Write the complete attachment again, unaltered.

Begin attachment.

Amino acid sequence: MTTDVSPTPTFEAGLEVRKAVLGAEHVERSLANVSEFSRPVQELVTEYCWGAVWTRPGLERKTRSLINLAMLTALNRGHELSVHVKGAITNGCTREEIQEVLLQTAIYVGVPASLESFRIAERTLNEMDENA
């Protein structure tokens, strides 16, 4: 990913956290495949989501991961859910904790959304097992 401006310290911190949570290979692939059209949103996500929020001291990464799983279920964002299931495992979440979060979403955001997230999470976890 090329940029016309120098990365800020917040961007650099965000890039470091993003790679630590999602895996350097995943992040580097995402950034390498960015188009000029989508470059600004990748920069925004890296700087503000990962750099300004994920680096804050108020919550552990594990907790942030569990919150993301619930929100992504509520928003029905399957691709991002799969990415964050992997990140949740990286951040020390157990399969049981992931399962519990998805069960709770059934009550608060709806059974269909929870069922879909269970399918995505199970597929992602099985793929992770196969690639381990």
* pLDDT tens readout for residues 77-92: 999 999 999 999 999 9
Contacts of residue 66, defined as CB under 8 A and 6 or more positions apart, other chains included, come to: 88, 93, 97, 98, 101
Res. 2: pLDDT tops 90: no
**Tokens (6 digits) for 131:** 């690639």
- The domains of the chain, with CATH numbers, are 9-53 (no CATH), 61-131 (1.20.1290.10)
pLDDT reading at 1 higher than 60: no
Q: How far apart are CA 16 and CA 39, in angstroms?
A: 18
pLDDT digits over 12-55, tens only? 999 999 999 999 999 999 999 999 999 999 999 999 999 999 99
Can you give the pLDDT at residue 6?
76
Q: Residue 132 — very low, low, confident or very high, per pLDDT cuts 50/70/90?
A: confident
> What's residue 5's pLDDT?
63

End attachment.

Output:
Amino acid sequence: MTTDVSPTPTFEAGLEVRKAVLGAEHVERSLANVSEFSRPVQELVTEYCWGAVWTRPGLERKTRSLINLAMLTALNRGHELSVHVKGAITNGCTREEIQEVLLQTAIYVGVPASLESFRIAERTLNEMDENA
């Protein structure tokens, strides 16, 4: 990913956290495949989501991961859910904790959304097992 401006310290911190949570290979692939059209949103996500929020001291990464799983279920964002299931495992979440979060979403955001997230999470976890 090329940029016309120098990365800020917040961007650099965000890039470091993003790679630590999602895996350097995943992040580097995402950034390498960015188009000029989508470059600004990748920069925004890296700087503000990962750099300004994920680096804050108020919550552990594990907790942030569990919150993301619930929100992504509520928003029905399957691709991002799969990415964050992997990140949740990286951040020390157990399969049981992931399962519990998805069960709770059934009550608060709806059974269909929870069922879909269970399918995505199970597929992602099985793929992770196969690639381990």
* pLDDT tens readout for residues 77-92: 999 999 999 999 999 9
Contacts of residue 66, defined as CB under 8 A and 6 or more positions apart, other chains included, come to: 88, 93, 97, 98, 101
Res. 2: pLDDT tops 90: no
**Tokens (6 digits) for 131:** 């690639």
- The domains of the chain, with CATH numbers, are 9-53 (no CATH), 61-131 (1.20.1290.10)
pLDDT reading at 1 higher than 60: no
Q: How far apart are CA 16 and CA 39, in angstroms?
A: 18
pLDDT digits over 12-55, tens only? 999 999 999 999 999 999 999 999 999 999 999 999 999 999 99
Can you give the pLDDT at residue 6?
76
Q: Residue 132 — very low, low, confident or very high, per pLDDT cuts 50/70/90?
A: confident
> What's residue 5's pLDDT?
63